- CERi Programs
- Ethics of CER
- CER Network
- Upcoming Events
- Jessie Williams joins CERi Advisory Board
- Recap: Remaking the Table Series Launch
- Recap: Recognizing and Negotiating Community/Researcher Relations
- CERi Fellow's research unmasks the impact of COVID-19 on families of children with autism
- CERi Special Research Associate Kari Grain Speaks with Am Johal for Below the Radar
- Lyana Patrick on Decolonial Planning and Community Health for Below the Radar
- Tips for Virtual Exchange and Engaging Partners Online
- Meet Jackie Wong, Community Strategic Initiatives Associate
- Announcing Lyana Patrick as CERi Researcher-in-Residence
- Faranak Farzan on Neuroengineering and Brain Plasticity for Below the Radar
- Why Money Matters in CER
- Unlock Your Research Impact: Upcoming Lunch and Learn Series
- Introducing CERi's Fall 2020 Faculty-Student Research Projects
- Uplifting Black Youth: Jackie Obungah on Her Podcast Series with Below the Radar
- MindMap: BC's LGBTQ2-affirming Mental Health Service Finder Tool
- Meet Our Fall 2020 Graduate Fellows
- 'We are Community': CERi Partners with the BC Poverty Reduction Coalition
- 3 Questions with Researcher-in-Residence Dr. Enda Brophy
- 3 Questions with Researcher-in-Residence Dr. Angela Kaida
- Recap: Distanced Community-Based Research Panel
- 3 Questions with Researcher-in-Residence Dr. Nick Blomley
- CERi Welcomes Three Researchers-in-Residence
- Research in the Service of Community
- Meet CERi’s first Graduate Fellows
- CERi Partners with Karen Jamieson Dance
- Below The Radar: Social Transformation — with Tara Mahoney
- Below The Radar: Community-Engaged Research — with Stuart Poyntz & Joanna Habdank
- Recap: CERi 312 Launch
3 Questions with Researcher-in-Residence Dr. Angela Kaida
1. What is your area of research?
AK: I lead a global research program focused on factors and environments that increase vulnerability or protect sexual and reproductive health, in the context of HIV. I work closely with community leaders and decision-makers to integrate research evidence into health policy and programming, attending to social and gender equity. Grounded in critical feminist and community-based research approaches, my research program is actively trying to address several research questions:
- Evaluate a patient-centred, safer conception intervention for men and women living with HIV in rural Uganda, who have HIV sero-discordant sexual partners and who desire children.
- Assess how socio-structural, behavioural, and biological factors intersect to increase HIV acquisition risk among adolescents and young adults in South Africa.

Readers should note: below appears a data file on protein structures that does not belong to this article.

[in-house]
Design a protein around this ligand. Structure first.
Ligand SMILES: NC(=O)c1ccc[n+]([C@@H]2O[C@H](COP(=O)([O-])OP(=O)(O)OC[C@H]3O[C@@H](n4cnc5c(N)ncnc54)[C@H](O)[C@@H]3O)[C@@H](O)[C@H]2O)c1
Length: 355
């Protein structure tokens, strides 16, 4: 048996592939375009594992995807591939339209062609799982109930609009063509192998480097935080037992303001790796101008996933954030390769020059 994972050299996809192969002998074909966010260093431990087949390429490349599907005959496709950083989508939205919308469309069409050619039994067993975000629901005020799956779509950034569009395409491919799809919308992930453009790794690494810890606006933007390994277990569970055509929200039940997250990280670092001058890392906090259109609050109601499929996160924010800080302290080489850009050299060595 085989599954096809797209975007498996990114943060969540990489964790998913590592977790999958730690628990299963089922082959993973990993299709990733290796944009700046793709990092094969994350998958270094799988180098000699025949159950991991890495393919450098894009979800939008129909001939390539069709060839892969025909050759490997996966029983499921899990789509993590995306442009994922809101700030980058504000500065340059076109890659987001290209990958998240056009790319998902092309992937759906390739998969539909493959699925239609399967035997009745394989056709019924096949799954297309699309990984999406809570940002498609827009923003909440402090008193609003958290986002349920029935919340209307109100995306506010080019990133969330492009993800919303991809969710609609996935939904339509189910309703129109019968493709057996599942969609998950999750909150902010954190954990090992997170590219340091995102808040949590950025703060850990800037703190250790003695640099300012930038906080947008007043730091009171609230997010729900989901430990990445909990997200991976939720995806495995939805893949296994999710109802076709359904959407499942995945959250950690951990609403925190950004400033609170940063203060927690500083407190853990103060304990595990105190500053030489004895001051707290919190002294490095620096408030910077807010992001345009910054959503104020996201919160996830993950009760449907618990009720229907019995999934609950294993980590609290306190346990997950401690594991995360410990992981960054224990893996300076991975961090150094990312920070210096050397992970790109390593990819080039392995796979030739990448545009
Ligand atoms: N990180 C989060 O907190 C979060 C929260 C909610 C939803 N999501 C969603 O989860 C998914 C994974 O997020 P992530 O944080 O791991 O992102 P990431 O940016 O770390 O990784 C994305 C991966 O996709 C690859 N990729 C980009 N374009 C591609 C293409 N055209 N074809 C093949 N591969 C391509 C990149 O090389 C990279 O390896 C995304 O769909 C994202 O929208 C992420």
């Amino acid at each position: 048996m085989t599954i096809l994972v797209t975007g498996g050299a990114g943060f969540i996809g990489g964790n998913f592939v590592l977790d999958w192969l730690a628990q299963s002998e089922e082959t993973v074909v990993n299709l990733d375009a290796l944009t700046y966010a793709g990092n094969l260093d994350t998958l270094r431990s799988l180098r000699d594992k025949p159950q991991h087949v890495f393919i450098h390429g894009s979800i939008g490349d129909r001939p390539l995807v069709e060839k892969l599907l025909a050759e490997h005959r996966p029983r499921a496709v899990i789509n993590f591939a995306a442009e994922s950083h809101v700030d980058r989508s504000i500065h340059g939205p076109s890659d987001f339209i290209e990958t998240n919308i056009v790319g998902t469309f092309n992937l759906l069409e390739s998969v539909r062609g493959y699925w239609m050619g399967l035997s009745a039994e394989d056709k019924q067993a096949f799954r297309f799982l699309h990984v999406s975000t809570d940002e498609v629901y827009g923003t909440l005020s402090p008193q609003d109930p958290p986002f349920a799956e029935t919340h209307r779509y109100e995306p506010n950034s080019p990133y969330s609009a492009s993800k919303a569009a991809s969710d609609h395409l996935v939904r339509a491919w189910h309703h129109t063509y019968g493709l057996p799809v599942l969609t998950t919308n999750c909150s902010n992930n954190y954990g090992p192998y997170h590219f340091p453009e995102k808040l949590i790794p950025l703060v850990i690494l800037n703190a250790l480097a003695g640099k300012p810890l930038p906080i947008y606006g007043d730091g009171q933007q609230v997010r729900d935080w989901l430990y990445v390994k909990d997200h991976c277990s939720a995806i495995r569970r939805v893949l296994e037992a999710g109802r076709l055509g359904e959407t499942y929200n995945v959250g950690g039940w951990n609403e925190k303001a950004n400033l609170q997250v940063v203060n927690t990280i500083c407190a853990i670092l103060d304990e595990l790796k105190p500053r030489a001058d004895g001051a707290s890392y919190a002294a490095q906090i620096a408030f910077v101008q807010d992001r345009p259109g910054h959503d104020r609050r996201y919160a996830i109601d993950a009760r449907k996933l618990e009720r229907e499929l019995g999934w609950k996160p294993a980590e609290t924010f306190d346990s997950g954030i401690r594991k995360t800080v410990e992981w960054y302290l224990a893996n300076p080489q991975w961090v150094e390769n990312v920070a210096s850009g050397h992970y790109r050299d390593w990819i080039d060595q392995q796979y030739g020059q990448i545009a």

- Examine how socio-structural factors, including gender inequity, criminalization of HIV non-disclosure, and social determinants of health shape the sexual and reproductive health of women living with HIV in Canada.
2. What are the challenges of your research?
AK: Although women represent over half of all people living with HIV around the world, a challenge of my research is pervasive HIV-related stigma and sexism, both of which compromise research participation and support for inclusive, rights-based, women-centred research on priority research topics expressed by women living with HIV, such as sexual health, sexual pleasure, desires for parenthood, and reproductive justice.
3. How does your research impact community?
AK: I don’t feel like I can appropriately answer this question on behalf of the communities that my research aims to serve.
I can say, however, that our model of research strives to embrace community-based research principles, practice allyship, and engage affected community members across the research process. Community-based research principles stipulate that intentional steps are taken to disrupt the power imbalances typically present between researchers and the community that is being researched by fostering collaborative, co-learning partnerships between community members and researchers. In our work, such approaches are necessary to redress gendered and social marginalization from meaningful HIV research participation and benefit. In the context of research involving women living with HIV, expectations extend to an explicit commitment to the GIPA (the Greater Involvement of People Living with HIV/AIDS) and MEWA (Meaningful Engagement of Women living with HIV/AIDS) principles, which demand both involvement of women living with HIV throughout the research process and meaningful engagement as defined by those involved. By embracing such an approach, our research program aims to improve understanding of the socio-structural determinants of health and to contribute more meaningful and nuanced findings to the development of appropriate and accessible health programs and policies.
Connect with Angela Kaida: